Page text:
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... In Regime II, the injection temperature is close to the critical temperature, and the isentropic expansion path may enter the two-phase dome, resulting in a condensation phase transition. In Regime III, the jet whose injection temperature is much higher than the critical temperature may pass through the Widom line, causing a pseudo-boiling transition of the fuel from liquid-like to gaslike and large density variations [23,24]. Xu et al. [25] examined the morphological characteristics of supercritical n-pentane injected into a subcritical environment, and found that supercritical spray can undergo multiple condensation and evaporation processes downstream of the nozzle. ...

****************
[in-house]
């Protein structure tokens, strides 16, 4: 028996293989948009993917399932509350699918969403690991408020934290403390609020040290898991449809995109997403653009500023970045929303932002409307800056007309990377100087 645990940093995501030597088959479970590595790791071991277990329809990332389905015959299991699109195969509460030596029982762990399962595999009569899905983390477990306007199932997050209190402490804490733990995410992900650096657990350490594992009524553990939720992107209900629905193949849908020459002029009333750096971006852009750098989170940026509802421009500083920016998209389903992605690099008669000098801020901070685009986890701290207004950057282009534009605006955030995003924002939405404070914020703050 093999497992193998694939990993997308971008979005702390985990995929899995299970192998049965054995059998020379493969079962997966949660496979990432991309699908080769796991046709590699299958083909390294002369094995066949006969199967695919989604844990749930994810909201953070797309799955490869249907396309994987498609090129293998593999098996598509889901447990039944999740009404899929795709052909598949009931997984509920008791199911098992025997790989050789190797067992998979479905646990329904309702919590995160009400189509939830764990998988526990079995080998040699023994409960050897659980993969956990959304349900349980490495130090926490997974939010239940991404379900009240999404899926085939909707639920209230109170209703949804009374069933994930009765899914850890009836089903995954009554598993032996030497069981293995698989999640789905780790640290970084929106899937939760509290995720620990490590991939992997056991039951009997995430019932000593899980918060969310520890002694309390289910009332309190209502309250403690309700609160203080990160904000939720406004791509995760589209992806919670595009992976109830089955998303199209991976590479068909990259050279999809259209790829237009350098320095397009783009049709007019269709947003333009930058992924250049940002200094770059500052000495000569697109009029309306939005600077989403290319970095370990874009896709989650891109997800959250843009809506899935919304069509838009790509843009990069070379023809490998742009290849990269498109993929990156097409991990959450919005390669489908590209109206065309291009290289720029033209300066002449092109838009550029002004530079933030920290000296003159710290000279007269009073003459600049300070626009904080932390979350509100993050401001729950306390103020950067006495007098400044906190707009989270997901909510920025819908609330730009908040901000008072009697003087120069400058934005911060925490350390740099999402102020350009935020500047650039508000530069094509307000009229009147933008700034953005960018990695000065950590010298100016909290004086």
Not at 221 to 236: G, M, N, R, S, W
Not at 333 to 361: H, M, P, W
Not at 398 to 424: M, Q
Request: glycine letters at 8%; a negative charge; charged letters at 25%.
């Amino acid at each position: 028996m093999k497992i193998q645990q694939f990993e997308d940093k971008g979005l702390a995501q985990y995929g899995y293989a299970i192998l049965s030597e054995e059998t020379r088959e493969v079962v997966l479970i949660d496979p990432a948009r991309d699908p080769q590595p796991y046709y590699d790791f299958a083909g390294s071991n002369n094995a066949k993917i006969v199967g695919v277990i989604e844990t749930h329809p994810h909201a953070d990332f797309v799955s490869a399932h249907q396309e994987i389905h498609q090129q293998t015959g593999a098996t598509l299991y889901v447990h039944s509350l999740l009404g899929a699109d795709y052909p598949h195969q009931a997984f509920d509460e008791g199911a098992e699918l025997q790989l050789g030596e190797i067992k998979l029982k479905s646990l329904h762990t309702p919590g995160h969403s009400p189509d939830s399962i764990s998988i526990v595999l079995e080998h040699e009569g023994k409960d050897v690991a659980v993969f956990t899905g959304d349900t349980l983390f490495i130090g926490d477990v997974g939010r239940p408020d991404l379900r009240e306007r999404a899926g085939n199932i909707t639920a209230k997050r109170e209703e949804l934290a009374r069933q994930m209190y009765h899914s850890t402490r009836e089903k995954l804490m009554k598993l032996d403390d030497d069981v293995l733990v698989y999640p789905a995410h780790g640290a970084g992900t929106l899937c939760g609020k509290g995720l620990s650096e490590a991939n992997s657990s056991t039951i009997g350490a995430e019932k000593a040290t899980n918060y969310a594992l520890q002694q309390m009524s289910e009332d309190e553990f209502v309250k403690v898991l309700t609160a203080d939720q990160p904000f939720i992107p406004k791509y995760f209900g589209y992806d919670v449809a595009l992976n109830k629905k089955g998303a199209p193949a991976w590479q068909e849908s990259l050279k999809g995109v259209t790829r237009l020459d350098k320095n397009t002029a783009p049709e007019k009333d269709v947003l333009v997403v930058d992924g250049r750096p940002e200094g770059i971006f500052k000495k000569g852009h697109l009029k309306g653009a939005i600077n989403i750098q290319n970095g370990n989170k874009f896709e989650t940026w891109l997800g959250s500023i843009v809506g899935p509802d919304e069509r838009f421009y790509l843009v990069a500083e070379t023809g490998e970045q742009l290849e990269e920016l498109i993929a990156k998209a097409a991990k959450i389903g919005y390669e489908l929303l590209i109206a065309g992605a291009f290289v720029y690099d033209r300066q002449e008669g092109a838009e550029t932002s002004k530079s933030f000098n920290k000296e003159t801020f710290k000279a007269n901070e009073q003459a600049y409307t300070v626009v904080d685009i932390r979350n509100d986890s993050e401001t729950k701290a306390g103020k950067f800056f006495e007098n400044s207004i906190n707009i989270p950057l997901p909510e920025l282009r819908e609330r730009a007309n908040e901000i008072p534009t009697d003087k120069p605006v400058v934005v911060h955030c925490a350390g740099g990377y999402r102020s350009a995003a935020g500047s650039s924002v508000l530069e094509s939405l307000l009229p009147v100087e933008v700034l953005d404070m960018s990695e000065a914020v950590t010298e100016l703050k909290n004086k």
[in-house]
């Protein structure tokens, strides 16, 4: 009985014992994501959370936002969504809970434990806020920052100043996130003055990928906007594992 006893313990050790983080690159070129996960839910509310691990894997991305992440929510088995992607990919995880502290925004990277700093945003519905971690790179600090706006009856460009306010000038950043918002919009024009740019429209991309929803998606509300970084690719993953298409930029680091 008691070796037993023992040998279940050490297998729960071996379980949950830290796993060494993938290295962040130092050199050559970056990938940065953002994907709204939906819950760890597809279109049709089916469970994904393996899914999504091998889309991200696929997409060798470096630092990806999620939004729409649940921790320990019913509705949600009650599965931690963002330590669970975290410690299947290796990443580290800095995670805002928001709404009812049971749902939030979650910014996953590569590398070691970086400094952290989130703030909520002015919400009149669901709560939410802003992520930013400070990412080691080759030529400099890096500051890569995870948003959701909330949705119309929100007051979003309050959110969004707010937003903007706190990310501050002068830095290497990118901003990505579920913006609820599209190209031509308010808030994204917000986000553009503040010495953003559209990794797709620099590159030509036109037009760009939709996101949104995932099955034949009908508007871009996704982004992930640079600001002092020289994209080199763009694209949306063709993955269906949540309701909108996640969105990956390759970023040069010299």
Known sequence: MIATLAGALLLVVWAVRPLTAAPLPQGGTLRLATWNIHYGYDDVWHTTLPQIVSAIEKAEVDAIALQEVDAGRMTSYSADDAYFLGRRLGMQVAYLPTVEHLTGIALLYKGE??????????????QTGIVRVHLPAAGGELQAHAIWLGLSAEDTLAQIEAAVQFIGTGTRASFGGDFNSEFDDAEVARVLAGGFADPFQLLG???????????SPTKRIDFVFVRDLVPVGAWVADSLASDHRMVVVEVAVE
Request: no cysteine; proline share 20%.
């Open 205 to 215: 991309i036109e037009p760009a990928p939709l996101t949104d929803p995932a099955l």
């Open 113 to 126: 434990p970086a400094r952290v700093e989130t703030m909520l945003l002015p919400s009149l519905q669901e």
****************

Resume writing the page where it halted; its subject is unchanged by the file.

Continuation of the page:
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This paper analyzes the characteristics of convective heat transfer of a pulse-heated platinum microwire cooling in CO2 under supercritical pressures based on experimental data. The microwire undergoes a rapid temperature rise of around 664 K within 0.35 ms. An inverse problem is formulated and numerically solved to extract heat transfer data from experimental measurements. In addition, a predictive model for the convective heat transfer coefficient is developed to fully close the equation set. Results are interpreted based on the bulk pressure from 7.38 to 9 MPa and bulk temperature from 295 to 325 K. The convective heat flux of CO2 generally decreases with time, and in the medium-term, the reduction is slightly decelerated owing to buoyancy-driven flows. This demonstrates that high-pressure and low-temperature bulk states generally exert larger convective heat flux to cool the microwire. During the early 10 ms, the time-averaged convective heat flux is of the order of 1 MW/m2, resulting in rapid cooling. This value shows a weak critical enhancement upon crossing the Widom line. During the remaining time, the time-averaged convective heat flux drops to the order of 0.1 MW/m2. Such a drop in heat flux is more obvious in low-bulk-density cases, leading to a relatively long time for sufficient cooling.